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Framework / Domains / Quantify Business Value / Budgeting

Strategic and ongoing process for setting limits, monitoring, and managing cloud spending, aligned with business objectives, to ensure accountability and predictable financial outcomes for cloud-based systems.

Create cloud budgeting strategy

  • Create a holdback strategy (levels, percentages, factors)
  • Establish the appropriate budgeting cycle (annual, quarterly, etc.)

Set Budgets

  • Set budgets to create healthy constraints on application teams
  • Determine how budgets will influence and inform Forecasting

Track and manage budgets

  • Establish acceptable variance thresholds on Budget to Forecast and Budget to Actual
  • Identify exception handling for scenarios when altering budgets out of cycle is needed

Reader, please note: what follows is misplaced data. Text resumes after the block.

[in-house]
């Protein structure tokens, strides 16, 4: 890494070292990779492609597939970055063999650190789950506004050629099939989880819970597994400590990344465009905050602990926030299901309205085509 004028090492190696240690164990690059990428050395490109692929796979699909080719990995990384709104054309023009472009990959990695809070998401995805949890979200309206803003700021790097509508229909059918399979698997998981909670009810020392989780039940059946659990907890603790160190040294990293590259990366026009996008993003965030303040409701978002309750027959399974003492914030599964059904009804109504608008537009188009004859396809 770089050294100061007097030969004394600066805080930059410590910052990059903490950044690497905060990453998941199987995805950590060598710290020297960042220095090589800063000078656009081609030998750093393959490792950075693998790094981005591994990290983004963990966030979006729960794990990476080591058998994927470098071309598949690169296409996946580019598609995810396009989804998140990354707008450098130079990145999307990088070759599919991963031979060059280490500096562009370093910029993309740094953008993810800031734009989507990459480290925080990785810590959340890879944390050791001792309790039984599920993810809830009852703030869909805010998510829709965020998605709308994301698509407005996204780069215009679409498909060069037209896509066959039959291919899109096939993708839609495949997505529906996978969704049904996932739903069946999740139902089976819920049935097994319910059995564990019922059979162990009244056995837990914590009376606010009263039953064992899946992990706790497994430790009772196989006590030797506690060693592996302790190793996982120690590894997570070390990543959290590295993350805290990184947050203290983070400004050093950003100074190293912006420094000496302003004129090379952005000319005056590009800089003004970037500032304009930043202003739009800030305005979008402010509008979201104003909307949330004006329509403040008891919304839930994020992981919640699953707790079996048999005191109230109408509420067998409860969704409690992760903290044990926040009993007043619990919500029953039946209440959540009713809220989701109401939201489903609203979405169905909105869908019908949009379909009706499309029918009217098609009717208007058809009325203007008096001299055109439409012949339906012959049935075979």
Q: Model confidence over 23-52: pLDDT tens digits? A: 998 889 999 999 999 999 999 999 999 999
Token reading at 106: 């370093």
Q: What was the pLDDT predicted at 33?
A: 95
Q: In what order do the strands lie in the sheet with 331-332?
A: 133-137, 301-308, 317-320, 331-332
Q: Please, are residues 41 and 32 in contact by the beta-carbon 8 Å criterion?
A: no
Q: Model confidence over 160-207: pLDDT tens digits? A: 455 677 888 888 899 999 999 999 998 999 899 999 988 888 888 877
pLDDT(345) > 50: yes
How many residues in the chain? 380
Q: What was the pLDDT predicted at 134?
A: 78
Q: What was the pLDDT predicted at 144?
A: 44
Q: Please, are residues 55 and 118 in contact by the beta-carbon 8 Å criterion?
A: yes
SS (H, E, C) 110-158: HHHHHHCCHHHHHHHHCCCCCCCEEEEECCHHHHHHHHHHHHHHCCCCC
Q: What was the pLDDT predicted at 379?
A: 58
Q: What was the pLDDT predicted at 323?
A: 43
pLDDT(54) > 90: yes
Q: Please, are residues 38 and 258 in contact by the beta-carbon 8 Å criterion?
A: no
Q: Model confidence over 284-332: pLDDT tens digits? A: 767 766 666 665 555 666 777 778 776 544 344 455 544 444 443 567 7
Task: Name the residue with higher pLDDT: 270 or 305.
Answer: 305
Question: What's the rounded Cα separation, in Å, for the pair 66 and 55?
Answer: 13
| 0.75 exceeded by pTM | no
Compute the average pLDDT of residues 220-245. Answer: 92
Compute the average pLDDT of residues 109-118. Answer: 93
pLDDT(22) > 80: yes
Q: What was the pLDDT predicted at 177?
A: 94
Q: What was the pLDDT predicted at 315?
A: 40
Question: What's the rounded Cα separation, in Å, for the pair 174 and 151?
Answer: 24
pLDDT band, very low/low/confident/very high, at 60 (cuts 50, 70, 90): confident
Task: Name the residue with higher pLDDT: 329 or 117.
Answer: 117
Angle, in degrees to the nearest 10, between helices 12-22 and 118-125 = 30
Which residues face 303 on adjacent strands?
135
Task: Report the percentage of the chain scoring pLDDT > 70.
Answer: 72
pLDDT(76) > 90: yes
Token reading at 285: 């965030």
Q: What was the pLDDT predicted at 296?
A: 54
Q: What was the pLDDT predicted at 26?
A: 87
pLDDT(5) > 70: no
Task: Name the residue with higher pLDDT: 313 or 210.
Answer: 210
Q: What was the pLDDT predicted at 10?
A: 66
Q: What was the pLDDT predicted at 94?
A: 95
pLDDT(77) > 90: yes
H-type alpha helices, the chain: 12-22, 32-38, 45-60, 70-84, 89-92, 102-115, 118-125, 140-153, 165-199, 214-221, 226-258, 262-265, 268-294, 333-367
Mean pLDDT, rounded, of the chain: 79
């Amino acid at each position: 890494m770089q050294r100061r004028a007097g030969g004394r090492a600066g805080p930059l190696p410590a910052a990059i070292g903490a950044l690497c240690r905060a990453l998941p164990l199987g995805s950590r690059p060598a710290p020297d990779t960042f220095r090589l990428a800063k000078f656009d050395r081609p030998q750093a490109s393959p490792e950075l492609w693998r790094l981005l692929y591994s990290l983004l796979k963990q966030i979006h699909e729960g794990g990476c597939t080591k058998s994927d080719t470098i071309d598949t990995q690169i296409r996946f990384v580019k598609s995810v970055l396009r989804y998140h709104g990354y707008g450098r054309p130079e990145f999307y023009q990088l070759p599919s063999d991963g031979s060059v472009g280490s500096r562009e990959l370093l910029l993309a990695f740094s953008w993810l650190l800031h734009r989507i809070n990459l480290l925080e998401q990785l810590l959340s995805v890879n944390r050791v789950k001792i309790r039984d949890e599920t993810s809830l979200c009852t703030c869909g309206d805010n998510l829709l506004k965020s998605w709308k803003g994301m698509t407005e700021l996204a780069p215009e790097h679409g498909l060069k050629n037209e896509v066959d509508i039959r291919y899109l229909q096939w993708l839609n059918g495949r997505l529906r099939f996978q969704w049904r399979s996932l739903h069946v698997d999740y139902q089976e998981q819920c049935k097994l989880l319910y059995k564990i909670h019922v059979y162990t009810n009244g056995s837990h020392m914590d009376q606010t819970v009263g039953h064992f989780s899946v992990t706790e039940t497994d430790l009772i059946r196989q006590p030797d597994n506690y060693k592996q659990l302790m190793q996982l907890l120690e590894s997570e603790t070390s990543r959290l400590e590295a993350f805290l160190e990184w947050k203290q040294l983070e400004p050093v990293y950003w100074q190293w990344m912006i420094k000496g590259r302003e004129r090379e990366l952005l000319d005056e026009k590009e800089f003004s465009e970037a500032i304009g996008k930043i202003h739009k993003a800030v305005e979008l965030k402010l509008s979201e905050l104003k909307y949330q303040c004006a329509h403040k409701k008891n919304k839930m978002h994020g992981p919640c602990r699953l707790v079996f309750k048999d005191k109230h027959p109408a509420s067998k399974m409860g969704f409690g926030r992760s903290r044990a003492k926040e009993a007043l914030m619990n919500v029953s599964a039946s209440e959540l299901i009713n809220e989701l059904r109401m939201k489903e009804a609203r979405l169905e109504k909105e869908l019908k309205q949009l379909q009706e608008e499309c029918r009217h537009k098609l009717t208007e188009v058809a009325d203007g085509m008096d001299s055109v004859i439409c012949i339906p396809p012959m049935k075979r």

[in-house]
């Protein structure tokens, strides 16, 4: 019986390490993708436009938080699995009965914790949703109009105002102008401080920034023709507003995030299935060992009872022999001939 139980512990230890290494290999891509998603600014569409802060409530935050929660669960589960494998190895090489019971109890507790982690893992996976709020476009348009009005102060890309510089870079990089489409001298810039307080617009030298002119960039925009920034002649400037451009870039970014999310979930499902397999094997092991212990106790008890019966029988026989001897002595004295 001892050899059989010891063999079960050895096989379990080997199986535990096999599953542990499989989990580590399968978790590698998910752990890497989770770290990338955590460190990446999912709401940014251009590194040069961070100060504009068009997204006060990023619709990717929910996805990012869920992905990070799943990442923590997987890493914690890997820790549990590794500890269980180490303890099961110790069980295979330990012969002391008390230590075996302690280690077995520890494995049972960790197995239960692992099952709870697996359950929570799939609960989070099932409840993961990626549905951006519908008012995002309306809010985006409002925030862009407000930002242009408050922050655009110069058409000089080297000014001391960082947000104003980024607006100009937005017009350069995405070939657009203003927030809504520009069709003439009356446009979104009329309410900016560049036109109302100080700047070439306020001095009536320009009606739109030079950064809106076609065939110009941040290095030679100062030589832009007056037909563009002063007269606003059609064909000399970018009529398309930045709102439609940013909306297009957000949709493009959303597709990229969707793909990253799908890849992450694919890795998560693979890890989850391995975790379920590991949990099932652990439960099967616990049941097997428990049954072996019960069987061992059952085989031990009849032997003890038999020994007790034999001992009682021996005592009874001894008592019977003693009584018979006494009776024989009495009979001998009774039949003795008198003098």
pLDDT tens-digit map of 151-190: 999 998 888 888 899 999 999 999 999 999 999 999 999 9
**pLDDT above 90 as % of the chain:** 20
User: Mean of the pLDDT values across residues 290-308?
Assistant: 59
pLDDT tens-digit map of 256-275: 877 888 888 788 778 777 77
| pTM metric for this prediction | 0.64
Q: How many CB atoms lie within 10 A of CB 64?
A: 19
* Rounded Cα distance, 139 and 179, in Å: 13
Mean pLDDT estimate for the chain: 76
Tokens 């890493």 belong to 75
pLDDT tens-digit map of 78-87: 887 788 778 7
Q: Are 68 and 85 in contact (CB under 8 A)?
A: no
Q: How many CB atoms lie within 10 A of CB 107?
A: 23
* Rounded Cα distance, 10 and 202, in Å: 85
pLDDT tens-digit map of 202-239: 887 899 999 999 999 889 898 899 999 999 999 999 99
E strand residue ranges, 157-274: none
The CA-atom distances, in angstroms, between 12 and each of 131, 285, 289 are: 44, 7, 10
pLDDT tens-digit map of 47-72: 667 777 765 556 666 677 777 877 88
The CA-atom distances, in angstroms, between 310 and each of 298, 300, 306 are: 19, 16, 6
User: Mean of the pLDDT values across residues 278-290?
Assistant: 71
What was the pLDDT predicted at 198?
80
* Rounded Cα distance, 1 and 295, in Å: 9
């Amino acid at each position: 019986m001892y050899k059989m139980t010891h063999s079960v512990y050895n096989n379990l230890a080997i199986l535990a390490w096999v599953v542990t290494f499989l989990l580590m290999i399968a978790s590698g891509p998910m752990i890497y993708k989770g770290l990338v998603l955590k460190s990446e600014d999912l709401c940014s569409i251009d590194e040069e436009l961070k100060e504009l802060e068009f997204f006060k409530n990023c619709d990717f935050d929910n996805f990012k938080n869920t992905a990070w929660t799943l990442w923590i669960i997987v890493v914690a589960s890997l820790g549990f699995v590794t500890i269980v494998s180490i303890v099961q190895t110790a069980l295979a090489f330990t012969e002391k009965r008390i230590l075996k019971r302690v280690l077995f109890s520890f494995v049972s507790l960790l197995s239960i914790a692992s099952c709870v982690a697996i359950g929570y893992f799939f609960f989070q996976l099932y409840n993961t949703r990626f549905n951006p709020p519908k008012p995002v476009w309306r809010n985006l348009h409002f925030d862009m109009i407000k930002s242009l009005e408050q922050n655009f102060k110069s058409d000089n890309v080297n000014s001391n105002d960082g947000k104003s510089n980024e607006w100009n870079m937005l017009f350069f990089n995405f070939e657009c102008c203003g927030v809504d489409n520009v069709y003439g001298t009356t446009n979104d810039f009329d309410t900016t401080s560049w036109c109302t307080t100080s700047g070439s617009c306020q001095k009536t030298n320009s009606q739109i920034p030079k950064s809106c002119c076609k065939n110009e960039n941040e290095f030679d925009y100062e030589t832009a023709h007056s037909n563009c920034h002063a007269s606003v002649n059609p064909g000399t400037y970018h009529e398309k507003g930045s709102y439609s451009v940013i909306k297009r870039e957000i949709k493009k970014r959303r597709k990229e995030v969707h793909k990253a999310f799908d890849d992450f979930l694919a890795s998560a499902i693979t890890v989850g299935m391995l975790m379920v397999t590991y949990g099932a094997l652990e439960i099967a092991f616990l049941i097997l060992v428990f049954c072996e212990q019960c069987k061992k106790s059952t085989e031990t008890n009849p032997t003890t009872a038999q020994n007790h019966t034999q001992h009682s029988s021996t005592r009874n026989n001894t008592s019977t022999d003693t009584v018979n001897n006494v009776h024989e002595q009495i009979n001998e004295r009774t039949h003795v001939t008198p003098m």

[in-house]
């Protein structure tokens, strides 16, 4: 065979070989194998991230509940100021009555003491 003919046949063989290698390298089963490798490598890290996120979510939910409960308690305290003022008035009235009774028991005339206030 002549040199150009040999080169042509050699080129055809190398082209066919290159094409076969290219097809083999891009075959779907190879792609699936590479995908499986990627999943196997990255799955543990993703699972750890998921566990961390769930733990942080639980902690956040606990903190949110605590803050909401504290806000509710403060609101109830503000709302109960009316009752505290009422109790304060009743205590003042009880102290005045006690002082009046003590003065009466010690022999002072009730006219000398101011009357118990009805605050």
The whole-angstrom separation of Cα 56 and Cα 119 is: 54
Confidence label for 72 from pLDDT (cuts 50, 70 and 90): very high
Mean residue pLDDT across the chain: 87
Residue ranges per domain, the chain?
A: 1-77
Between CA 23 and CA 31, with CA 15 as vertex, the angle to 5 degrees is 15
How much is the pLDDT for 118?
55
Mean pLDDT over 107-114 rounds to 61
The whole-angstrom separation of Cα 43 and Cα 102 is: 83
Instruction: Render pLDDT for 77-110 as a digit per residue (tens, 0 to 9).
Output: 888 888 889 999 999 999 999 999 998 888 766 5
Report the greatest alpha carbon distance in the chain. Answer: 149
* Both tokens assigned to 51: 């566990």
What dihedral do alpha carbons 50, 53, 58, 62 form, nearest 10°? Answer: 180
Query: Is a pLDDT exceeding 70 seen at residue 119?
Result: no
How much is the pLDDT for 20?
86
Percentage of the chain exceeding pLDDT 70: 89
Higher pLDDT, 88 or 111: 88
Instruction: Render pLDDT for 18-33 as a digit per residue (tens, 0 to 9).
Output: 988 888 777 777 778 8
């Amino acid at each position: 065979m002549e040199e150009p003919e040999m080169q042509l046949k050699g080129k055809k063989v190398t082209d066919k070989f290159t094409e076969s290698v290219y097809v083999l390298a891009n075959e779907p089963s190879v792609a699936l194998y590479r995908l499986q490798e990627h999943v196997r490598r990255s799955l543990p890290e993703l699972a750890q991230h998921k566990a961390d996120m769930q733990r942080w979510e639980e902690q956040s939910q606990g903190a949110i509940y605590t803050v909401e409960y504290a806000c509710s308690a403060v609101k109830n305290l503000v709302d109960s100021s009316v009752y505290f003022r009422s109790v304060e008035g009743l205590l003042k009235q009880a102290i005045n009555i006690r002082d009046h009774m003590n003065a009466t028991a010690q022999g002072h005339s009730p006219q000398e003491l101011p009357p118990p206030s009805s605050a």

FinOps Budgeting establishes approved funding to support an organization’s planned activities in the cloud, tracks spending and value within that funding, makes transparent adjustments as appropriate, and ensures accountability from each budgeted cost center through a consistent set of budgeting strategies.

Cloud budgeting will typically begin as part of the broader IT budgeting process, and will evolve and mature as cloud use and complexity increase. The faster pace of development and nearly unlimited capacity of public cloud options ultimately requires organizations to adopt a shorter budgeting cycle, with more flexibility built in through holdbacks and out of cycle adjustments. The FinOps team must collaborate with Finance who primarily drive Budgeting, to establish and adjust the Budgeting strategy and holdback strategy over time.